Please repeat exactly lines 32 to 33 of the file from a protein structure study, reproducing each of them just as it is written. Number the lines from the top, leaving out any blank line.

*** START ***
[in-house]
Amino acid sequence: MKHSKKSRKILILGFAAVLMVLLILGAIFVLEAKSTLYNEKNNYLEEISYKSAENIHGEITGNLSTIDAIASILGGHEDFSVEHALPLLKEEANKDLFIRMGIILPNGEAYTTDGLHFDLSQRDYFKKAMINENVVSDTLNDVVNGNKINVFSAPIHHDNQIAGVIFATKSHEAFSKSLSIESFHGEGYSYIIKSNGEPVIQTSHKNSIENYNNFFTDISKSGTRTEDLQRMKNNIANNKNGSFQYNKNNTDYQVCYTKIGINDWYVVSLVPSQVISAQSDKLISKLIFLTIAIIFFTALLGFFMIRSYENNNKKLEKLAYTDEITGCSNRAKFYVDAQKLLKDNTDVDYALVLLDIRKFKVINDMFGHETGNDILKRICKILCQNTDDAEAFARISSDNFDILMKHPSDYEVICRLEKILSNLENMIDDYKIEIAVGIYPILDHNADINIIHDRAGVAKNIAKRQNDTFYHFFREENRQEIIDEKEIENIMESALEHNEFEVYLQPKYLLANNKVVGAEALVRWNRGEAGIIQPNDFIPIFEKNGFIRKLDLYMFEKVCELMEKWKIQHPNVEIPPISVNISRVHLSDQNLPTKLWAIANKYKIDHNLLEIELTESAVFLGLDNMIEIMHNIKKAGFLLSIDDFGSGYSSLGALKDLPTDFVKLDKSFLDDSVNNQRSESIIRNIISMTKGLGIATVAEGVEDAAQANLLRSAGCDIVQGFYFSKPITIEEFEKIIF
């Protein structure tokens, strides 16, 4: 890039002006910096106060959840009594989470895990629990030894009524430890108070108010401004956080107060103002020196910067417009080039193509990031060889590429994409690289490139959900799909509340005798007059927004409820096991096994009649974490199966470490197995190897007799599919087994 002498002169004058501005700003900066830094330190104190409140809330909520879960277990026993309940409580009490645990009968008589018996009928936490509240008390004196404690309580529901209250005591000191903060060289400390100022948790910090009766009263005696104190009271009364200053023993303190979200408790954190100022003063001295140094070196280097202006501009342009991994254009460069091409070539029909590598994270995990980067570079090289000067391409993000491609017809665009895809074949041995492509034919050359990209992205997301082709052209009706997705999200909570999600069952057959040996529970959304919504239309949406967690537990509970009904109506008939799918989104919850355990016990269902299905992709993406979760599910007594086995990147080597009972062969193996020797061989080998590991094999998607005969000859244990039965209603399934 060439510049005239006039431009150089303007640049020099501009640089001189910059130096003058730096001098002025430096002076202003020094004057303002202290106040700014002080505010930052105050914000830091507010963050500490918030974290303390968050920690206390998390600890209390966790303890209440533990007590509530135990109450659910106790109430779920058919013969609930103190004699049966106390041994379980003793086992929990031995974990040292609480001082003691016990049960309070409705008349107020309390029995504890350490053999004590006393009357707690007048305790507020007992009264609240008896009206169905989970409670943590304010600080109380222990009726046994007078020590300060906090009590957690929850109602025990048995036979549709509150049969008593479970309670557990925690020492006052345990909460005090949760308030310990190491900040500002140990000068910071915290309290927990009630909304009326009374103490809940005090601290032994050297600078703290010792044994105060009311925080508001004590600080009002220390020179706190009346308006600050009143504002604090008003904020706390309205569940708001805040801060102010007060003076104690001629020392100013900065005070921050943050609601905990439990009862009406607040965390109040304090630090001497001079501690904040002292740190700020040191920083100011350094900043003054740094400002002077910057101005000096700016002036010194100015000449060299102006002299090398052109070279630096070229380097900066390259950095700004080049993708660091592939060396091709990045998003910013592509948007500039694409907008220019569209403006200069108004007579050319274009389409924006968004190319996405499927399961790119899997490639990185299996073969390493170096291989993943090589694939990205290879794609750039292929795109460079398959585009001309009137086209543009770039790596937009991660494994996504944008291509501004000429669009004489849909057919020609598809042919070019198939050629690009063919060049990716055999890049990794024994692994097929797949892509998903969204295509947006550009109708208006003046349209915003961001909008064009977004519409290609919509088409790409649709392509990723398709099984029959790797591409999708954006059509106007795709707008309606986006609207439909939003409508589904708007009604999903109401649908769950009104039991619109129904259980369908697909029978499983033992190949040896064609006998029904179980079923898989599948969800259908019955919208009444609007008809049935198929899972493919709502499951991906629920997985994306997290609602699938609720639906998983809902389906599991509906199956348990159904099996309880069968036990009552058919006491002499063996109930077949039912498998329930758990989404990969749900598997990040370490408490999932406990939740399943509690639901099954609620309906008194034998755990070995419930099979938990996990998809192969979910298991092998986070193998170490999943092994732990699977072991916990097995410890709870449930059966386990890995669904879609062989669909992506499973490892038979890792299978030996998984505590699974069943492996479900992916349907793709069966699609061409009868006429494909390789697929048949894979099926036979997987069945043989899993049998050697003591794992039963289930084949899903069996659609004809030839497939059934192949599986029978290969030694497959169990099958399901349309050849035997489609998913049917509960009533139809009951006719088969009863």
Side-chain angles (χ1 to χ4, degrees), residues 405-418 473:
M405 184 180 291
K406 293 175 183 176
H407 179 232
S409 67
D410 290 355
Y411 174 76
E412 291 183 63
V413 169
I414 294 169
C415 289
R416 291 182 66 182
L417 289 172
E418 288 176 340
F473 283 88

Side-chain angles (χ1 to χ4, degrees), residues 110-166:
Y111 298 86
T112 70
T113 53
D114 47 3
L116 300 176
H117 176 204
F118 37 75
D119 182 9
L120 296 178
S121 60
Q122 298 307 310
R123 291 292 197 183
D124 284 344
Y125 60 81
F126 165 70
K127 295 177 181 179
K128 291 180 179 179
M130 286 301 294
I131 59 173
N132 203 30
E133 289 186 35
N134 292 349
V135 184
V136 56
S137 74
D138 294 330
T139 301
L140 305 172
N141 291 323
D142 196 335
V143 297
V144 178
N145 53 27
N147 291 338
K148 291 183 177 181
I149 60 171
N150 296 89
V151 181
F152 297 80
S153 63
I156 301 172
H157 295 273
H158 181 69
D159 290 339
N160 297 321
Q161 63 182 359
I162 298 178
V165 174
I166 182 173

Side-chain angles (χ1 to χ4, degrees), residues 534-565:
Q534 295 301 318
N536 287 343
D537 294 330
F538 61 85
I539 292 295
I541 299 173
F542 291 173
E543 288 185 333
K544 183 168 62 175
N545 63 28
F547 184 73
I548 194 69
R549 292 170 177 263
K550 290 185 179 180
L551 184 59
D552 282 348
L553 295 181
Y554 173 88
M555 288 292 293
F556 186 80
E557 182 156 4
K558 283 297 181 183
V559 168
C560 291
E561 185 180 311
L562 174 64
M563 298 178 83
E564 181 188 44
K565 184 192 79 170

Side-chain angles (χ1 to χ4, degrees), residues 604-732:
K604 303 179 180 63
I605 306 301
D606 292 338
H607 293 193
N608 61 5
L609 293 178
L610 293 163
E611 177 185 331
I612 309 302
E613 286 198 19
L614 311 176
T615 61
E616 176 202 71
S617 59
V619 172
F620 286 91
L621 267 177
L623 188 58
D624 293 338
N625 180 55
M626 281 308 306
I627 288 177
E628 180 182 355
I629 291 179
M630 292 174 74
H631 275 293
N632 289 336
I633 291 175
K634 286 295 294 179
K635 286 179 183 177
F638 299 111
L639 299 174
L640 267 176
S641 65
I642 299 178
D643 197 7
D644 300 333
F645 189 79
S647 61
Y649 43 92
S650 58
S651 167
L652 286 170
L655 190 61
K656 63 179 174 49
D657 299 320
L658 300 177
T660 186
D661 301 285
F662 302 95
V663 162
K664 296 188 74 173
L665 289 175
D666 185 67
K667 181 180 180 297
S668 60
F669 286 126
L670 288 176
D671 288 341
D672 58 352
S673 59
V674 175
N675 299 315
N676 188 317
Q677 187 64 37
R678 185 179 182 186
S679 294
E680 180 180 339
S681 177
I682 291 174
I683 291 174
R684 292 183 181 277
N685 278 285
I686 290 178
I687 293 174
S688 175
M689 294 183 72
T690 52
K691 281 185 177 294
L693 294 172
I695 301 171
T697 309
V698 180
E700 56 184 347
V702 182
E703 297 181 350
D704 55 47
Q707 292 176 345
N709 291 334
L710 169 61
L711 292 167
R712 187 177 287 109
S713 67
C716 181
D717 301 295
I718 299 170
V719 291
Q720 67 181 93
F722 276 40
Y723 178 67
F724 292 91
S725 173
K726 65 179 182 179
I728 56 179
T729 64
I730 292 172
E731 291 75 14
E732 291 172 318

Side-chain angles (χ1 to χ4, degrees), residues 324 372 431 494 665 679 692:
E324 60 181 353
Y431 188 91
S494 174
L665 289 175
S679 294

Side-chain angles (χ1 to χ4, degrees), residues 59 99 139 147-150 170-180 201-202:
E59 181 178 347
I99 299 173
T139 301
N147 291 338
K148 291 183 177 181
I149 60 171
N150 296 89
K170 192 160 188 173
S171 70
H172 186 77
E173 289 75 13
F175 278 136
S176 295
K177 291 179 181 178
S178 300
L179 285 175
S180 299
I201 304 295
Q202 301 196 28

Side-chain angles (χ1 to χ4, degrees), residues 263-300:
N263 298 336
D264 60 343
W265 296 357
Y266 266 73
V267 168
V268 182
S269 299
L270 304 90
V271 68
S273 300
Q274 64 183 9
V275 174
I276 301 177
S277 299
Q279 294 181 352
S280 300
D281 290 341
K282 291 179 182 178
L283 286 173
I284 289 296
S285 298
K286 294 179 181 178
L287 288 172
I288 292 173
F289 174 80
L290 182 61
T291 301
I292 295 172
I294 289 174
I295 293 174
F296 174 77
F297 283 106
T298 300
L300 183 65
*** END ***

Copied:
D124 284 344
Y125 60 81